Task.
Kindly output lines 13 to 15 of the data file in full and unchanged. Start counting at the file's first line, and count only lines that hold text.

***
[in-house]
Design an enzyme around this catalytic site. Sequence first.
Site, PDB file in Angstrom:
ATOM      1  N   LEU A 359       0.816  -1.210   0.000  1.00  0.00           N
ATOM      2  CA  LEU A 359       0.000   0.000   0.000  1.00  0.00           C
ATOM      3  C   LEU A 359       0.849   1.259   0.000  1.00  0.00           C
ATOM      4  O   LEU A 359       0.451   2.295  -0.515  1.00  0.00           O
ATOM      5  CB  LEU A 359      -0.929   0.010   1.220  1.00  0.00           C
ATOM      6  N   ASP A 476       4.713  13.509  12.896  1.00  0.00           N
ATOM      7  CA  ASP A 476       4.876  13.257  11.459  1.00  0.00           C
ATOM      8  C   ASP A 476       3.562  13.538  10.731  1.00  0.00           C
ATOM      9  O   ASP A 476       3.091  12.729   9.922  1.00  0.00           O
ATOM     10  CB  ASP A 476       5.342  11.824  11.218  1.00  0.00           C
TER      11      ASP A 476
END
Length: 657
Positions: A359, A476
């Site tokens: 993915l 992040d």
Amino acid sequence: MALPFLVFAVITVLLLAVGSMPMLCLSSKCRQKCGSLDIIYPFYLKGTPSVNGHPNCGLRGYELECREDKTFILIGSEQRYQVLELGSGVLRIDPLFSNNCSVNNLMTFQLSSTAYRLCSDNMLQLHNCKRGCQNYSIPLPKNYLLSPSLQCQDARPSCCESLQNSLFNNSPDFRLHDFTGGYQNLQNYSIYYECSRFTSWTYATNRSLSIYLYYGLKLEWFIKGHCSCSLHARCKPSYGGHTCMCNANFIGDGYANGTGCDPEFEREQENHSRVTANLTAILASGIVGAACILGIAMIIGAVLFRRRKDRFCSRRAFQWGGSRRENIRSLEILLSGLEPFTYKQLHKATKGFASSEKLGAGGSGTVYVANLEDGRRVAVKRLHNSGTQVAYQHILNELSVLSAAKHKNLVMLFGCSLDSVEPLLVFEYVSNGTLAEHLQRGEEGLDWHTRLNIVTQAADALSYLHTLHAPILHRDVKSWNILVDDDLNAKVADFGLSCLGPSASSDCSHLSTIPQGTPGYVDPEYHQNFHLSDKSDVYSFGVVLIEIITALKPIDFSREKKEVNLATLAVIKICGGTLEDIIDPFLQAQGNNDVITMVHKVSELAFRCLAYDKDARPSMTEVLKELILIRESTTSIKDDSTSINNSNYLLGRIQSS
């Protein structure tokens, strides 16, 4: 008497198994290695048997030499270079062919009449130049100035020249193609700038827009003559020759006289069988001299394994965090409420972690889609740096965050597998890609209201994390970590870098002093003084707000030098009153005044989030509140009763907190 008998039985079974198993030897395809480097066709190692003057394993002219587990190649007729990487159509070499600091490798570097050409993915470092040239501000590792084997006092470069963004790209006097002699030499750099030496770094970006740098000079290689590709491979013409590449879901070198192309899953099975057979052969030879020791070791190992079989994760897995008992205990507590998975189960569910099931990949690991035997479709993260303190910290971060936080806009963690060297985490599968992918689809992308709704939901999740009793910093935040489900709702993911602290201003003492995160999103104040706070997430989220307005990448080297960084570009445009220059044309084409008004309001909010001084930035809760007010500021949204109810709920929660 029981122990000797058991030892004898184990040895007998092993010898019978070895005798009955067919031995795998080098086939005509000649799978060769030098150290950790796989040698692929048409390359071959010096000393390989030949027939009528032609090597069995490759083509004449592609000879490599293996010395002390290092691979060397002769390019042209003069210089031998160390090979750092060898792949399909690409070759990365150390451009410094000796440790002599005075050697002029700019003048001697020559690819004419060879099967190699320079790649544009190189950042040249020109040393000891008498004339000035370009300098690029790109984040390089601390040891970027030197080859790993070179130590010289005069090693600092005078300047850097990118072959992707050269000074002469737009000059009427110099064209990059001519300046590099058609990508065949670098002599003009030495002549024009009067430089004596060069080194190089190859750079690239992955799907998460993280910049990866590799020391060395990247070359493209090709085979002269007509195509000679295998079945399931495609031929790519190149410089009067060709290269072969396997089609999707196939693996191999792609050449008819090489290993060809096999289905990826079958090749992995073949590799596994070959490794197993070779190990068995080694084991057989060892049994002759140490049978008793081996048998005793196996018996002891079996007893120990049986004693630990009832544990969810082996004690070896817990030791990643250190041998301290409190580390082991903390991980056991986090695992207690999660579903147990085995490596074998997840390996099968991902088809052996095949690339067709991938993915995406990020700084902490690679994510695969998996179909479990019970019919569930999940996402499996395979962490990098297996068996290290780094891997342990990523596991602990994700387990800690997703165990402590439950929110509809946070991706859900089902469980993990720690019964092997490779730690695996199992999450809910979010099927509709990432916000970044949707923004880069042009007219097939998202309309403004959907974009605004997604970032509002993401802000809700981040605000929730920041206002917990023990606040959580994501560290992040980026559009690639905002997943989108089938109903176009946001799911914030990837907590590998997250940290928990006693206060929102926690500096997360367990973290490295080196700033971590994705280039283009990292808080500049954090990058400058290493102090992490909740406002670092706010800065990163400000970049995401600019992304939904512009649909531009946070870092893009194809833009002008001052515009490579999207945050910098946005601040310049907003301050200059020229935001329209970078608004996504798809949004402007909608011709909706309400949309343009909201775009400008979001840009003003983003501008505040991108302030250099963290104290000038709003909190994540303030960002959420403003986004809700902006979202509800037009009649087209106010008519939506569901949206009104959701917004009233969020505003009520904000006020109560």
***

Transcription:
ATOM     10  CB  ASP A 476       5.342  11.824  11.218  1.00  0.00           C
TER      11      ASP A 476
END